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In Mine Safety Appliances Co. v. North River Ins. Co., a Special Discovery Master heard a discovery dispute that arose from questions regarding “the appropriate trigger of coverage for underlying claims involving coal-worker’s pneumoconiosis” that developed during his employment in the insured’s mine.

In April 2012, a Special Discovery Master undertook an analysis of the insured’s motion to compel interrogatory answers from the carrier. Specifically, the insured asked its carrier to set forth the date when it first learned the identity of a witness retained by the carrier in anticipation of litigation. The carrier objected to the insured’s interrogatories on the grounds that the interrogatories sought information protected from disclosure by Rule 26(b)(4), which holds that the insured is precluded from obtaining discovery on an expert whom the carrier retained for trial litigation purposes.

The insured argued that the requested information is relevant to its bad faith claim against the carrier because, based on information and belief (i.e. the timing of the carrier’s hiring of its expert), the carrier may have first learned the identity of the expert from the insured during a confidential mediation session. During that session, the insured disclosed that it had learned that the expert had written papers supporting its theory of the case. The carrier later hired this expert for its defense of the litigation. Therefore, the insured argued that the carrier “improperly took information learned from its own insured during a confidential mediation session for its own use and for use against its insured.”

The carrier disagreed, arguing that the insured was in breach of the mediation agreement entered into between the parties, which the insured violated by purporting to divulge the content of communications made in connection with settlement negotiations. The carrier therefore argued that the insured’s improper conduct and “unclean hands” should not require it to divulge when it first learned the identity of its expert witness.

The Special Master reasoned that, because the expert had since died, Rule 26 in fact protected information related to his work for the carrier. That rule makes confidential any expert testimony used in preparation for litigation. However, the information sought by the insured did “not involve the insurer-insured relationship, but, rather, clearly involved the parties’ relationship as legal adversaries.” Under the Pennsylvania bad faith statute, such information does not constitute evidence of bad faith.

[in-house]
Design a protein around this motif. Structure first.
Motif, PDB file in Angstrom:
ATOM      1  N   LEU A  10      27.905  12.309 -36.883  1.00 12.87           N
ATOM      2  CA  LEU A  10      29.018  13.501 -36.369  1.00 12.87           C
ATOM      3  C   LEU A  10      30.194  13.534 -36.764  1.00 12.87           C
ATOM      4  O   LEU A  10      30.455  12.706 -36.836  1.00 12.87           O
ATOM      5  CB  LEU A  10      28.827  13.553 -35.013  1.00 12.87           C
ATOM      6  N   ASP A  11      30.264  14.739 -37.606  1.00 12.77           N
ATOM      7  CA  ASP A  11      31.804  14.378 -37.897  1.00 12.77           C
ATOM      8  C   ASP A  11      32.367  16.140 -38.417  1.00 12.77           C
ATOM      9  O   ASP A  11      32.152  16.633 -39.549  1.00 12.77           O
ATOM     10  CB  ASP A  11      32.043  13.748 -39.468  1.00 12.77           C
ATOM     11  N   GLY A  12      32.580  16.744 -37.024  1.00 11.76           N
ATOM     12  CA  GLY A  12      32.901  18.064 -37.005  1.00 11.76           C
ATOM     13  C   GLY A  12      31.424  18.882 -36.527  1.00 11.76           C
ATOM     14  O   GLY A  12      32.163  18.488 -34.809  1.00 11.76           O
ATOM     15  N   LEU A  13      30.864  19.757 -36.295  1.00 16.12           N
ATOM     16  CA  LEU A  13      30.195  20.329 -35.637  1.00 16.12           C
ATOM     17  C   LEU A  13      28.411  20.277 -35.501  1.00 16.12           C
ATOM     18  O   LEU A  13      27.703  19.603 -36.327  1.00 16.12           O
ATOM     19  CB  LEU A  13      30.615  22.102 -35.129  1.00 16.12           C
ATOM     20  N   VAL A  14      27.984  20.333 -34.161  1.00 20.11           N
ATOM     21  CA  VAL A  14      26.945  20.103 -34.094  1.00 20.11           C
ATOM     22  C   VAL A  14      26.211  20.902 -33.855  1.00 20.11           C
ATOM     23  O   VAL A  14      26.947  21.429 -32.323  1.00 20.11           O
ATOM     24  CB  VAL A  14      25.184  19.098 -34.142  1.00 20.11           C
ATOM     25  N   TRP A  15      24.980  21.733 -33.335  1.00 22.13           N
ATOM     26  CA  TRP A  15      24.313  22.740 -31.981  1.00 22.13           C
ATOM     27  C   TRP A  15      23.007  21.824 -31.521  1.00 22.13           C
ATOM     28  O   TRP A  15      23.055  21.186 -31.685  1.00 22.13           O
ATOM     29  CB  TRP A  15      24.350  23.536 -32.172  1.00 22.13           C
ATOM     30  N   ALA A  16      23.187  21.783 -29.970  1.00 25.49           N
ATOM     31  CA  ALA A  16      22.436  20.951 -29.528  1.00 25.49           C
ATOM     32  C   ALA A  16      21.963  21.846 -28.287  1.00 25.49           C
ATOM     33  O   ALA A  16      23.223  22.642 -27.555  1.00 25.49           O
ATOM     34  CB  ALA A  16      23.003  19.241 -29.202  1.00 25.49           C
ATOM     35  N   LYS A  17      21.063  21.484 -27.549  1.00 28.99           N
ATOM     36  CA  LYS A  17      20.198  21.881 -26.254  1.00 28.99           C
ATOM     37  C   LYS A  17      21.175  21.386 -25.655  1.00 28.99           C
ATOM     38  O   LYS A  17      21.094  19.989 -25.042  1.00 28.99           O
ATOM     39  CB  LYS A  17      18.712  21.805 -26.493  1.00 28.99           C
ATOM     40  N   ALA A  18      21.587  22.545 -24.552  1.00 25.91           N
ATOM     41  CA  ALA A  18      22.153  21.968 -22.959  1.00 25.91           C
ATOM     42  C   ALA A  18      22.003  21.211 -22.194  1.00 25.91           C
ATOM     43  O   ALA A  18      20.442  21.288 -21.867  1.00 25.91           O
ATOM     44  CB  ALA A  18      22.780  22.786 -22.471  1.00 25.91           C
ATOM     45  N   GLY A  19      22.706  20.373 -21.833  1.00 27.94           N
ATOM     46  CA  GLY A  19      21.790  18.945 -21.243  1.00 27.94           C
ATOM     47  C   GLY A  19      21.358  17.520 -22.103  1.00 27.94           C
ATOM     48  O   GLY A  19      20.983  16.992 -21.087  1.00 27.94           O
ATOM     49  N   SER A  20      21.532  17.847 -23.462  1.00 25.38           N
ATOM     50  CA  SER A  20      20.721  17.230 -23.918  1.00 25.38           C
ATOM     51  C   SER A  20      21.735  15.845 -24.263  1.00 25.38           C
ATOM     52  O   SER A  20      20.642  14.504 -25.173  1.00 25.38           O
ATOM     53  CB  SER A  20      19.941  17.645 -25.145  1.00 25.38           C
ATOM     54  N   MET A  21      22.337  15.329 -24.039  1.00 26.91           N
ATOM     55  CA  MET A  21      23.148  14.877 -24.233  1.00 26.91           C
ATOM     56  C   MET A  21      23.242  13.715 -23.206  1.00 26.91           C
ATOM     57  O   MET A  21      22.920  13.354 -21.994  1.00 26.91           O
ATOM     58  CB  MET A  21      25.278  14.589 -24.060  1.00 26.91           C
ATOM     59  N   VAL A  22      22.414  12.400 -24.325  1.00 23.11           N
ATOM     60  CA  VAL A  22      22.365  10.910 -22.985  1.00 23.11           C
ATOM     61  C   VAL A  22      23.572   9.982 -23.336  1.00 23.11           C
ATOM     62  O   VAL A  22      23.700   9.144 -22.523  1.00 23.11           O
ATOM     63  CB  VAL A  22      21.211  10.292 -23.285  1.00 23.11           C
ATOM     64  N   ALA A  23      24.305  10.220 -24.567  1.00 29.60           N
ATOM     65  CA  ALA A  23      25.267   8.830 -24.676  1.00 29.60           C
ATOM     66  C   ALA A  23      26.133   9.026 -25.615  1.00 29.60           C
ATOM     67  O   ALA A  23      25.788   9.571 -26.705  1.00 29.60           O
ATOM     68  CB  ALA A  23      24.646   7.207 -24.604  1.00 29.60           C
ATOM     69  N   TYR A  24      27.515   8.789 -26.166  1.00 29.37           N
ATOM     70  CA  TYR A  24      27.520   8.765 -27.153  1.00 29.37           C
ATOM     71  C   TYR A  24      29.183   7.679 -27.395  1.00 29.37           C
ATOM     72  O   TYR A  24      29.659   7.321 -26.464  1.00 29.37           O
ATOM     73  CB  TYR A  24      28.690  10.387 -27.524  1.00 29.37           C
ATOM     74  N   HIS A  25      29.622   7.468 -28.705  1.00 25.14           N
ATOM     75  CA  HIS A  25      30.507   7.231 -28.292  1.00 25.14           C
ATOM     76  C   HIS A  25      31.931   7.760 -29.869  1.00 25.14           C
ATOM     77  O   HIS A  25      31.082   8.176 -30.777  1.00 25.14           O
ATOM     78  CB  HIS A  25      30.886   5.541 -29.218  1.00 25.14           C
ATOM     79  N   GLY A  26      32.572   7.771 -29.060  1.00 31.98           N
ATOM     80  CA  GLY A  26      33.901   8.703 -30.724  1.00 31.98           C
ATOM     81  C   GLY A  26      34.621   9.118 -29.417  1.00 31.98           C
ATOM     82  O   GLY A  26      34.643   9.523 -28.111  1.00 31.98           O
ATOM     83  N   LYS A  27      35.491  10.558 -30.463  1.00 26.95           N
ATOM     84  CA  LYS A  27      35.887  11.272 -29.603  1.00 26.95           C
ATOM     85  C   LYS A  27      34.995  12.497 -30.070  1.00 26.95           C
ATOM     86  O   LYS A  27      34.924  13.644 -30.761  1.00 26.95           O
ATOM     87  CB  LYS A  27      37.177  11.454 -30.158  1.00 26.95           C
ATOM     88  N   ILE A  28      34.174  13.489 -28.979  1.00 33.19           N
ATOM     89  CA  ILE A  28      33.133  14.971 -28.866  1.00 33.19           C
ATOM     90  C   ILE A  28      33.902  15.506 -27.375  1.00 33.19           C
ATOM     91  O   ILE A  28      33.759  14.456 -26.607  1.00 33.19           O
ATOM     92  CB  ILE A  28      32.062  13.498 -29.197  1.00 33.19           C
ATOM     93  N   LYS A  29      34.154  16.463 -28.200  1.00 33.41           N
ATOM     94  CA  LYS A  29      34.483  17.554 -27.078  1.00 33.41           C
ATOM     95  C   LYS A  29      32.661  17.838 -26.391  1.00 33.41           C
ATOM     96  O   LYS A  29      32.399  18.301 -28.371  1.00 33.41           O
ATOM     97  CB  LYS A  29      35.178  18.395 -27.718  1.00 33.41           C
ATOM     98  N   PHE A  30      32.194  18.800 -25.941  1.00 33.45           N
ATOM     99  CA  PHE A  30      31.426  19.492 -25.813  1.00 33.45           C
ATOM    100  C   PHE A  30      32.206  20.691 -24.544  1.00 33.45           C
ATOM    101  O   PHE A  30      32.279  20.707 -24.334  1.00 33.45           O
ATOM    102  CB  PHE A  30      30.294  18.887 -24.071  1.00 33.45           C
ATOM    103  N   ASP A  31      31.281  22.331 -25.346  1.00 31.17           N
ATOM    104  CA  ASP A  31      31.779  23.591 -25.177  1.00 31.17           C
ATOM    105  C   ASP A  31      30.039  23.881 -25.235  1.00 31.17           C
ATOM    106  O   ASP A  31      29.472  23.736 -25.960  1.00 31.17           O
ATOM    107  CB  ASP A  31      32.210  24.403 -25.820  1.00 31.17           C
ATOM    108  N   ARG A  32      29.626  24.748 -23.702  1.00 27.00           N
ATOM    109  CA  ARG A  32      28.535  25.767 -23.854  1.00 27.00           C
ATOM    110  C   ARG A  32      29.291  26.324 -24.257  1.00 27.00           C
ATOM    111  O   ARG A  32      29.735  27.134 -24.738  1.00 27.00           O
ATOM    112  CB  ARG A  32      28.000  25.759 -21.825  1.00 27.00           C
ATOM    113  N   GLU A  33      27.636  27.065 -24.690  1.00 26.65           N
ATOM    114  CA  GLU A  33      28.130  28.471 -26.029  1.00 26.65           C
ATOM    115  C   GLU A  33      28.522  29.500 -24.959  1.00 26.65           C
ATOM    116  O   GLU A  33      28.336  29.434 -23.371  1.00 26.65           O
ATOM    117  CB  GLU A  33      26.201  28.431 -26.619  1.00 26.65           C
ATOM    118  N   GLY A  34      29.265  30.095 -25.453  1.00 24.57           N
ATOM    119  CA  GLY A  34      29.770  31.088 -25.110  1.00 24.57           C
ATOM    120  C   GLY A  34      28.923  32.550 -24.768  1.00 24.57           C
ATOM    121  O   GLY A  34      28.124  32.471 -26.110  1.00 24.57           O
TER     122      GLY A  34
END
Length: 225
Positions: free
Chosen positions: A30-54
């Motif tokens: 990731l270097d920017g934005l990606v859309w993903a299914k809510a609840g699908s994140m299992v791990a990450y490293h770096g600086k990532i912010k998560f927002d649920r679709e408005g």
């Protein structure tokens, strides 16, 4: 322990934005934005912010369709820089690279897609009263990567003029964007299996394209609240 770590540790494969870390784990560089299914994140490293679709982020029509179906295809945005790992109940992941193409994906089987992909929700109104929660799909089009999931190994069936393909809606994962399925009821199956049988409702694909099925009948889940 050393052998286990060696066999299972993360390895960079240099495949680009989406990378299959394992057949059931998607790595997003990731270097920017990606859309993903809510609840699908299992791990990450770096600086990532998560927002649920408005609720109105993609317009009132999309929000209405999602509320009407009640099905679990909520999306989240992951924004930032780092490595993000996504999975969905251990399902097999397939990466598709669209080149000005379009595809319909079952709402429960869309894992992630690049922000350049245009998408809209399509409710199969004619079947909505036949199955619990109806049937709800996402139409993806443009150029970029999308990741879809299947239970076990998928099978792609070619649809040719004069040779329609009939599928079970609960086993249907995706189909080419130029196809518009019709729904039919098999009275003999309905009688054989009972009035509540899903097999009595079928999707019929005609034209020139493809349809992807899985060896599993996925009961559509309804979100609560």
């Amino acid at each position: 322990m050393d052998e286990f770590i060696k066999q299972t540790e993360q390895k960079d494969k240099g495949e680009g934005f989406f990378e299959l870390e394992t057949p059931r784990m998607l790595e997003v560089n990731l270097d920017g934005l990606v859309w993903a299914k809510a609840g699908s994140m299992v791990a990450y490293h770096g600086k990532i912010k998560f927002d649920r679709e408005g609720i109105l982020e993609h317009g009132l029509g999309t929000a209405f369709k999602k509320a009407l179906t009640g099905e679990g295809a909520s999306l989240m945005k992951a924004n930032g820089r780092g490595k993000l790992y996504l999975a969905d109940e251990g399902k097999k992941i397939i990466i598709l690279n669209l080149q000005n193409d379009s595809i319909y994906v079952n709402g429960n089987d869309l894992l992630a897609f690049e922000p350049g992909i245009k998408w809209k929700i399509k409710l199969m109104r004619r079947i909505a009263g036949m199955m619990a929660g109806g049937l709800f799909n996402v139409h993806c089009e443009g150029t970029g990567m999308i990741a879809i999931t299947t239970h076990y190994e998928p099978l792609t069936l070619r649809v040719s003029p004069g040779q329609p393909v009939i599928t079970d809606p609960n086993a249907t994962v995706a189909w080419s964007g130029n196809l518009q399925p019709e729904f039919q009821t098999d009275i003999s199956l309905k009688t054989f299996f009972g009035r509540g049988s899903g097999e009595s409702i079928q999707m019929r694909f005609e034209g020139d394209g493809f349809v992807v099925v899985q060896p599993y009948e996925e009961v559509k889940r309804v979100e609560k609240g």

Therefore, the Special Master held, the information requested in the interrogatories is not relevant to the insured’s bad faith claim.

The district court judge affirmed in pertinent part the decision of the magistrate. In two separate opinions, the judge ruled that, “the record contains more than sufficient information to support the Special Discovery Master’s determination the information requested by the insured did not prove that the carrier “acted frivolously with a dishonest purpose and breached its known duty.” It reasoned that the carrier’s actions amounted to a “pure rule violation” that is “beyond the purview of relevant evidence that can establish bad faith.”

A bad faith violation is “analytically distinct” from a rule violation made in an effort to gain an upper hand in ongoing coverage litigation. In order to produce evidence of bad faith, the court concluded, the carrier’s litigation conduct “must be something more than a violation of the operative rules” governing discovery.

Date of Special Master’s Decision: April 24, 2012

Mine Safety Appliances Co. v. North River Ins. Co., 2:09-cv-00348-DSC, 2012 U.S. Dist. LEXIS 132899, U.S. District Court for the Western District of Pennsylvania (W.D. Pa. Apr. 24, 2012) (Penkower, Special Discovery Master)

Date of District Court Decisions: September 18, 2012

Mine Safety Appliances Co. v. N. River Ins. Co., 2:09cv348, 2012 U.S. Dist. LEXIS 132896, U.S. District Court for the Western District of Pennsylvania (W.D. Pa. Sept. 18, 2012) (Cercone, J.)

Decision 1

Decision 2